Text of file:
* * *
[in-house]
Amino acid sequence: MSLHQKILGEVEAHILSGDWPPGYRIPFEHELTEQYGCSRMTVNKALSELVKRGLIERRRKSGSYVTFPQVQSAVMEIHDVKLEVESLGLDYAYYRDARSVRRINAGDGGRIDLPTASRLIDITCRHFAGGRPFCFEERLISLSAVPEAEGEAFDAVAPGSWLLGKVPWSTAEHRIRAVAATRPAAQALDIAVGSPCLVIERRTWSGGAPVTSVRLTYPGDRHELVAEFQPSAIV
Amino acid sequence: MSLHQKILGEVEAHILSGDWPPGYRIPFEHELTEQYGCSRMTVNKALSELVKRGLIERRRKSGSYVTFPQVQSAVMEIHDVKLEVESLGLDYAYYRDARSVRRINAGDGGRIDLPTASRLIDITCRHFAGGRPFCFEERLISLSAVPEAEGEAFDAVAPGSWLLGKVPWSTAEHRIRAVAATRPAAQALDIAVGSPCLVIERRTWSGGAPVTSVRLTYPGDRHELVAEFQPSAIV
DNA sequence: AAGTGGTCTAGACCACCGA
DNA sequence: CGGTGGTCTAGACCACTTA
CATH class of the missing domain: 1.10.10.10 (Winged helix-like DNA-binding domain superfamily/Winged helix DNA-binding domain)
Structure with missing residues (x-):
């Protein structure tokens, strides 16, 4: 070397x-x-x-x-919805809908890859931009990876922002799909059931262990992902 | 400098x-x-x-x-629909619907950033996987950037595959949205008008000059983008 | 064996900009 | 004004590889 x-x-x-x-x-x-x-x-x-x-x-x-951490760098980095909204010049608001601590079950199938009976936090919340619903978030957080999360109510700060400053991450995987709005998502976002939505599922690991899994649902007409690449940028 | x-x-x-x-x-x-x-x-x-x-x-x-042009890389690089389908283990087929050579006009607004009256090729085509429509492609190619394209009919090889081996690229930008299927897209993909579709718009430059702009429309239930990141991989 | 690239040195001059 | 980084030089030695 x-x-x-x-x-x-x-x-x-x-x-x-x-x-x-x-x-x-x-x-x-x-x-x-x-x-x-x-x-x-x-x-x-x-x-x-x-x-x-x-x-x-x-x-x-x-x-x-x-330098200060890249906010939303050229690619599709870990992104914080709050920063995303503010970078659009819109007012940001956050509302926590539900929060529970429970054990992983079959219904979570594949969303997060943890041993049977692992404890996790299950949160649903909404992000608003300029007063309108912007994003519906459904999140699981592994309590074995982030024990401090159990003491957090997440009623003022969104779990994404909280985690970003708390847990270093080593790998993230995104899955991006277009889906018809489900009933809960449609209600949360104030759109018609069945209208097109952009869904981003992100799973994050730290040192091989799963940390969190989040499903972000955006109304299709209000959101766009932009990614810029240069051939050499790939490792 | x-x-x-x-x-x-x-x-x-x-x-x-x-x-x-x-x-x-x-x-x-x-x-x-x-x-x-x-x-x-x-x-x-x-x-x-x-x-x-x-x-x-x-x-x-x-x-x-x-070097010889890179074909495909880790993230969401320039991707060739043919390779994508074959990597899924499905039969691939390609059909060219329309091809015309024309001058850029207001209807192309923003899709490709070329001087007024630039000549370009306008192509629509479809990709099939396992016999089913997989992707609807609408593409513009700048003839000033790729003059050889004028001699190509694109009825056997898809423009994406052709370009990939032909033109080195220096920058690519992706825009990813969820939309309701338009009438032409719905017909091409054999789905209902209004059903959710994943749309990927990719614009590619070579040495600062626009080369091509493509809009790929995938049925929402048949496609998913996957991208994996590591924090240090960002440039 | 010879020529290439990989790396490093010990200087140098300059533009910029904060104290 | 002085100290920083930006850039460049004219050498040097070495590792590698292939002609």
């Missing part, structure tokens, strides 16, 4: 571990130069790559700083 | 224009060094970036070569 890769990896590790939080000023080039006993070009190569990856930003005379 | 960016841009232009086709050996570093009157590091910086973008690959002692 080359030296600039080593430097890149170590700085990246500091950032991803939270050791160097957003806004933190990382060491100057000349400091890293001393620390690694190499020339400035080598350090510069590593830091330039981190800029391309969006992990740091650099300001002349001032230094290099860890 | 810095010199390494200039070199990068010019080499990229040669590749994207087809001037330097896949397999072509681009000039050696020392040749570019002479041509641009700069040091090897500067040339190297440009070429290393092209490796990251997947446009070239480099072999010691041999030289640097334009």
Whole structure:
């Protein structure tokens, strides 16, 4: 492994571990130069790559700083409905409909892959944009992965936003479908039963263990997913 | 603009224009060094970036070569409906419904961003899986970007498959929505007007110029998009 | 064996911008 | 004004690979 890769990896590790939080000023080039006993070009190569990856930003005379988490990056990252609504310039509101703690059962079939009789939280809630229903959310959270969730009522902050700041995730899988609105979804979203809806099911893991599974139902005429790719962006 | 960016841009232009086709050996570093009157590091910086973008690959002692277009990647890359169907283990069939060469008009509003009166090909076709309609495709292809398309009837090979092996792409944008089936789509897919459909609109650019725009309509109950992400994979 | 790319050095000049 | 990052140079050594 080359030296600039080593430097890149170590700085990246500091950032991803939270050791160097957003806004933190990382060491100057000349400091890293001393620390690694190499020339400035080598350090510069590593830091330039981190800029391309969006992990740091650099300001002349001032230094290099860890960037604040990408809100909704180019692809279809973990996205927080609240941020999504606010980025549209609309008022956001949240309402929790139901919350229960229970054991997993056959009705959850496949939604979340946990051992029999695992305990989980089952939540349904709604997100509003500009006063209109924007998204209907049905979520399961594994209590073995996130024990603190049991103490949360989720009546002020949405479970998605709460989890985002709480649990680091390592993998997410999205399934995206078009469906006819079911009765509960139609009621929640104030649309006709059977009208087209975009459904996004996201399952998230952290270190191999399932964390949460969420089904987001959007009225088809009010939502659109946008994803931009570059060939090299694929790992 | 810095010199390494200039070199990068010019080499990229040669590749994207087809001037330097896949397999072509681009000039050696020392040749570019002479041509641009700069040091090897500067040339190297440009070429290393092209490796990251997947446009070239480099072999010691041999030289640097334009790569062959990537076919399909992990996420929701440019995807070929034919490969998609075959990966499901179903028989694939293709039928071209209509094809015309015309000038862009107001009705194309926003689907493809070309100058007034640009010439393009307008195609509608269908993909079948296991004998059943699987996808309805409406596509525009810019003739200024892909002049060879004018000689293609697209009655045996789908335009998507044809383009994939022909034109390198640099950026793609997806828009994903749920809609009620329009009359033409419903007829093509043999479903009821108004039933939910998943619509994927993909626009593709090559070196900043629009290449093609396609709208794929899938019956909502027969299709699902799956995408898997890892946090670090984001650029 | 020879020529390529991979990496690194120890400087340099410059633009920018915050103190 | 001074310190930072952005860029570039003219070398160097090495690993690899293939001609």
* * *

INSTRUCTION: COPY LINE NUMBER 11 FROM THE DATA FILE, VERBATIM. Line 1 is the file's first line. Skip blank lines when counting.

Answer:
């Protein structure tokens, strides 16, 4: 492994571990130069790559700083409905409909892959944009992965936003479908039963263990997913 | 603009224009060094970036070569409906419904961003899986970007498959929505007007110029998009 | 064996911008 | 004004690979 890769990896590790939080000023080039006993070009190569990856930003005379988490990056990252609504310039509101703690059962079939009789939280809630229903959310959270969730009522902050700041995730899988609105979804979203809806099911893991599974139902005429790719962006 | 960016841009232009086709050996570093009157590091910086973008690959002692277009990647890359169907283990069939060469008009509003009166090909076709309609495709292809398309009837090979092996792409944008089936789509897919459909609109650019725009309509109950992400994979 | 790319050095000049 | 990052140079050594 080359030296600039080593430097890149170590700085990246500091950032991803939270050791160097957003806004933190990382060491100057000349400091890293001393620390690694190499020339400035080598350090510069590593830091330039981190800029391309969006992990740091650099300001002349001032230094290099860890960037604040990408809100909704180019692809279809973990996205927080609240941020999504606010980025549209609309008022956001949240309402929790139901919350229960229970054991997993056959009705959850496949939604979340946990051992029999695992305990989980089952939540349904709604997100509003500009006063209109924007998204209907049905979520399961594994209590073995996130024990603190049991103490949360989720009546002020949405479970998605709460989890985002709480649990680091390592993998997410999205399934995206078009469906006819079911009765509960139609009621929640104030649309006709059977009208087209975009459904996004996201399952998230952290270190191999399932964390949460969420089904987001959007009225088809009010939502659109946008994803931009570059060939090299694929790992 | 810095010199390494200039070199990068010019080499990229040669590749994207087809001037330097896949397999072509681009000039050696020392040749570019002479041509641009700069040091090897500067040339190297440009070429290393092209490796990251997947446009070239480099072999010691041999030289640097334009790569062959990537076919399909992990996420929701440019995807070929034919490969998609075959990966499901179903028989694939293709039928071209209509094809015309015309000038862009107001009705194309926003689907493809070309100058007034640009010439393009307008195609509608269908993909079948296991004998059943699987996808309805409406596509525009810019003739200024892909002049060879004018000689293609697209009655045996789908335009998507044809383009994939022909034109390198640099950026793609997806828009994903749920809609009620329009009359033409419903007829093509043999479903009821108004039933939910998943619509994927993909626009593709090559070196900043629009290449093609396609709208794929899938019956909502027969299709699902799956995408898997890892946090670090984001650029 | 020879020529390529991979990496690194120890400087340099410059633009920018915050103190 | 001074310190930072952005860029570039003219070398160097090495690993690899293939001609």